Inside Stacey Abrams' 2022 strategy
In her first major interview since Stacey Abrams entered the governor's race, campaign manager Lauren Groh-Wargo sums up to Axios the "organizing principle" behind her boss' second bid for Georgia's highest office:
- "People are in historic pain through this pandemic that has driven and furthered racial and income inequality in our state."
Why it matters: More than three years after she narrowly lost to incumbent Gov. Brian Kemp, Abrams' second run at the seat will happen in a vastly different environment.
- She has national name recognition and new fundraising prowess, while Kemp is an incumbent governor who also faces an unprecedented intra-party Republican battle brewing with former Sen. David Perdue.
Groh-Wargo said the Abrams campaign will continue its 2018 strategy of building a diverse coalition of white voters and voters of color.
- "When I started in politics in this state that was something that people viewed to be at odds: that you had to do one or the other," she said. "That is something we've always rejected."
- She says more than 1.2 million new voters will have entered Georgia's electorate since 2018, and they skew younger and more diverse than statewide numbers.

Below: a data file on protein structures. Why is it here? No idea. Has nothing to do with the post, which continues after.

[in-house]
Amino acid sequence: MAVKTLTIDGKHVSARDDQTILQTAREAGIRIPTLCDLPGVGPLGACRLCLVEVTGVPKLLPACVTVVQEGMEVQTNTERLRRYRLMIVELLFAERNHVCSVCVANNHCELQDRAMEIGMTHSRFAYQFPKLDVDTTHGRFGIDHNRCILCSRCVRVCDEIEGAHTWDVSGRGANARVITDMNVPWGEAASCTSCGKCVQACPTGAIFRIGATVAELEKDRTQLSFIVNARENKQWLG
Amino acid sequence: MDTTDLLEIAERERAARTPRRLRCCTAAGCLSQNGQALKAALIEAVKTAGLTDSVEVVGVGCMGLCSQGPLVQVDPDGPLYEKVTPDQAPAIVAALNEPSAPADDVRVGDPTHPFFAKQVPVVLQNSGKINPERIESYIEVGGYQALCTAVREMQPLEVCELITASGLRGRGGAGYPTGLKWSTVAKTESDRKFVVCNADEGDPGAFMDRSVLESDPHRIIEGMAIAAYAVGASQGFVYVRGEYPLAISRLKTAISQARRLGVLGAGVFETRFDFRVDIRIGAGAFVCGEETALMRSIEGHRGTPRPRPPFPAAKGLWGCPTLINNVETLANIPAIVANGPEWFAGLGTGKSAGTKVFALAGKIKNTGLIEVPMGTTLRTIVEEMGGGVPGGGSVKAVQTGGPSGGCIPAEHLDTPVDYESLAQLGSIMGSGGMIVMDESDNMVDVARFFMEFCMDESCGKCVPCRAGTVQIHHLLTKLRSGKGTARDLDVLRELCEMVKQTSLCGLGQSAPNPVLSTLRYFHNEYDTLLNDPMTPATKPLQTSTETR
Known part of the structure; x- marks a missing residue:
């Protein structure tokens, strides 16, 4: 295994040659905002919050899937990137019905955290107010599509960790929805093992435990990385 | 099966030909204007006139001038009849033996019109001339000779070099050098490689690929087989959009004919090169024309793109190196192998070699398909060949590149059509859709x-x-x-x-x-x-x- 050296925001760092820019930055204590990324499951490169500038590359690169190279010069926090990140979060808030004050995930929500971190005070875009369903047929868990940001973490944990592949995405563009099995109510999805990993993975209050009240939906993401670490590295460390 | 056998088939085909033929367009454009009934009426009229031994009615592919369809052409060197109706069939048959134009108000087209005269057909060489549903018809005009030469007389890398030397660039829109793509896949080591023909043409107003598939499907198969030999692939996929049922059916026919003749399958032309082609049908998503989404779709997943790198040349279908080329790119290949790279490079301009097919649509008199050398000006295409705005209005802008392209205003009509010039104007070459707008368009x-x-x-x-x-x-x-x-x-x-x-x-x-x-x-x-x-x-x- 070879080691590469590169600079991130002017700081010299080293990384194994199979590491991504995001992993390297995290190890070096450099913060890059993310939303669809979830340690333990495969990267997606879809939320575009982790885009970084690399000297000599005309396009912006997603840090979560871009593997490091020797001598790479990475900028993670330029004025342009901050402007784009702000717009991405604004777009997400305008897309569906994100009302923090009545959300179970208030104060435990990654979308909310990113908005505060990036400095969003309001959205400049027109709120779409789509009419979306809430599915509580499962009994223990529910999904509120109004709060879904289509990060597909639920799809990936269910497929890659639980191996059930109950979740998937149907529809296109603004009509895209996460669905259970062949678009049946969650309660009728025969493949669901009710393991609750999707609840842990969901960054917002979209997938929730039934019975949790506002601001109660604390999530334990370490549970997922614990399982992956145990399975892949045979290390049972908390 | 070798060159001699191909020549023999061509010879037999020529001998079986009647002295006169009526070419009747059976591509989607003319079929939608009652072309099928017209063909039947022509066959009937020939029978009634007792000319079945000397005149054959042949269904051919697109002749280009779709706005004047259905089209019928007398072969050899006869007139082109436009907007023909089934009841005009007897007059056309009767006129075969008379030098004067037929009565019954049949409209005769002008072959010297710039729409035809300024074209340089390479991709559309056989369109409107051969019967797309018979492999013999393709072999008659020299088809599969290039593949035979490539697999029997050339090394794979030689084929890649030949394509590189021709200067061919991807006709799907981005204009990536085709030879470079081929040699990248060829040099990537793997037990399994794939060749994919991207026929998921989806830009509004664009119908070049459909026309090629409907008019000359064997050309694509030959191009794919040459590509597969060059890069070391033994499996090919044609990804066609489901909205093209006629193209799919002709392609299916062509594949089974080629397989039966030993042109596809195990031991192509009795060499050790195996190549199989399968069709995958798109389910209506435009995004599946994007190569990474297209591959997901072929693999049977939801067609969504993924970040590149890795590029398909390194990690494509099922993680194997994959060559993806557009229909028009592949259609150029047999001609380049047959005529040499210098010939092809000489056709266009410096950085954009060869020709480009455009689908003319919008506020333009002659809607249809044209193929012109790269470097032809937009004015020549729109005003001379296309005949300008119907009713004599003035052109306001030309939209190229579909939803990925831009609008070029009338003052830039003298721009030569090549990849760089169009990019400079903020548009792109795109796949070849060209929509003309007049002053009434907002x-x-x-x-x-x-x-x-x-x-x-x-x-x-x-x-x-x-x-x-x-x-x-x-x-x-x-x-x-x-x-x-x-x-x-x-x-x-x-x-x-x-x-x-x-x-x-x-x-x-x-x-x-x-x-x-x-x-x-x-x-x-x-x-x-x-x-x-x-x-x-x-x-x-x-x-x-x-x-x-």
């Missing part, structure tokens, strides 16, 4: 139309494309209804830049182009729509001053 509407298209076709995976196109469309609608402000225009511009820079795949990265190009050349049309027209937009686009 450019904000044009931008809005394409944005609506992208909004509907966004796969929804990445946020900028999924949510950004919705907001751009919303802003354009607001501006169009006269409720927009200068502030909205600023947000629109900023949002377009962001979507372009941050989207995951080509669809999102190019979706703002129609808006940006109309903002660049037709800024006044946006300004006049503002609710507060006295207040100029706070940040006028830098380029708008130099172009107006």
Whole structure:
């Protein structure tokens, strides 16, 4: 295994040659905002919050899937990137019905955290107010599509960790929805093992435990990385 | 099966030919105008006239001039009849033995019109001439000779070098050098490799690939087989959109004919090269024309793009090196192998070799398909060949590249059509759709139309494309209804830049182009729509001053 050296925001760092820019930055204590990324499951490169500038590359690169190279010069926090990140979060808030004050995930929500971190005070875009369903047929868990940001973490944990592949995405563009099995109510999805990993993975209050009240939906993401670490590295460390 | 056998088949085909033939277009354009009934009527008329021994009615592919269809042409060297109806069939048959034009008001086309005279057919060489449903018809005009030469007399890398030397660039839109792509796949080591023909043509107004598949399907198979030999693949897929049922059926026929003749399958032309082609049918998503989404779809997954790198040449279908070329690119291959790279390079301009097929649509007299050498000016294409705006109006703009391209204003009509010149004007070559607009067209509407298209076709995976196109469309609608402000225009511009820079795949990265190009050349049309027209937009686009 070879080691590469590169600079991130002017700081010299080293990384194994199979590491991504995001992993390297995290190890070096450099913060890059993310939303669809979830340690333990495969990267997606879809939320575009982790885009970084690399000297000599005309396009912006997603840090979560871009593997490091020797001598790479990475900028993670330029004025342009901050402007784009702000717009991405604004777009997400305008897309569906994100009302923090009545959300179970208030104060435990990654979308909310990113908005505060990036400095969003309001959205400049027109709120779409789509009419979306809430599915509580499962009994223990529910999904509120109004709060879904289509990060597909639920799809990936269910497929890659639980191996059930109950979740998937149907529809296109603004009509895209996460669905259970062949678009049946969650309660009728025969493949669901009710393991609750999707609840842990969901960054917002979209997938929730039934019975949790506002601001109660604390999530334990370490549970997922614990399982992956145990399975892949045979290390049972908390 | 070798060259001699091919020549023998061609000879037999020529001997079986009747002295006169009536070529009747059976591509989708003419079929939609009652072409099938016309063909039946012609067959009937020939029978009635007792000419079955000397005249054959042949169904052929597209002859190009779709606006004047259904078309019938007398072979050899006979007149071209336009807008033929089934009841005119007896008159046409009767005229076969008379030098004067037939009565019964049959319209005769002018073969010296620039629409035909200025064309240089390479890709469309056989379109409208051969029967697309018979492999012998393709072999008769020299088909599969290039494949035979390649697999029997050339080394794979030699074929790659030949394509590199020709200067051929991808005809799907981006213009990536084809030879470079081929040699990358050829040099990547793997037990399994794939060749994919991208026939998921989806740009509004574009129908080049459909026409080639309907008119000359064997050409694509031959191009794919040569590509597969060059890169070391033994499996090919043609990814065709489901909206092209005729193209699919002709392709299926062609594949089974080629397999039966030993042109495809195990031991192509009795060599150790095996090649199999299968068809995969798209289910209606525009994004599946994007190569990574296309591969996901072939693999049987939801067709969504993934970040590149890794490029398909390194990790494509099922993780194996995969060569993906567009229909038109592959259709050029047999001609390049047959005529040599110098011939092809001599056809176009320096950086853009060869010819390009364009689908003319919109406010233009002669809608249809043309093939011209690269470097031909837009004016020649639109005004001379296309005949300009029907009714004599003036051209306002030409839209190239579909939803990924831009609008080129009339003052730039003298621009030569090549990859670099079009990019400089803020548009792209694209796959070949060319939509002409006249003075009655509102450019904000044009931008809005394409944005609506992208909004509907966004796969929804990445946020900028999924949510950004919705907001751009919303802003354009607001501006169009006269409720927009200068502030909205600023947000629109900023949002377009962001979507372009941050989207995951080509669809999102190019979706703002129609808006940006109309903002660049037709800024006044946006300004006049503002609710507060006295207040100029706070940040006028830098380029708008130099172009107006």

Yes but: "What's not necessarily obvious is how you put that together in a midterm [election]," Groh-Wargo said. "We're not going to sugarcoat...we don't win a lot of midterms. That's not a thing we do in our party."
The national climate for Democrats and President Joe Biden's approval ratings are seen as obstacles for candidates like Abrams in 2022.
- Abrams aides have been quick to point out the long-term headwinds facing the Georgia GOP with an incoming challenging primary and a shrinking base of voters.
What to expect from the Abrams campaign:
- They will build "an operation immediately, that is fully statewide, culturally competent and reflects all the diversity of our state...we have the financial power to do so in our fundraising and we'll be able to really move on that very quickly."
- Plus, she said, there will be "some different things we're going to do that address this particular moment when people are in so much pain. And that'll be the pieces you'll start to see us put together in the coming months."
The bottom line: Groh-Wargo said unlike 2018 Abrams has "settled the debate" as to whether she's qualified for the job and no longer needs to build name ID.
- "Of course, that means Republicans know her too. And of course, Republicans don't like her," she said. "But Republicans don't like their incumbent governor either...so I'm not sure that's exactly a liability at this time, and gives us a lot of runway to build out our coalition."
- "We are in a Big D Democratic boom in Georgia. We have energy and momentum and infrastructure on our side. And we are unified. That is also absolutely huge and critical going into next year."
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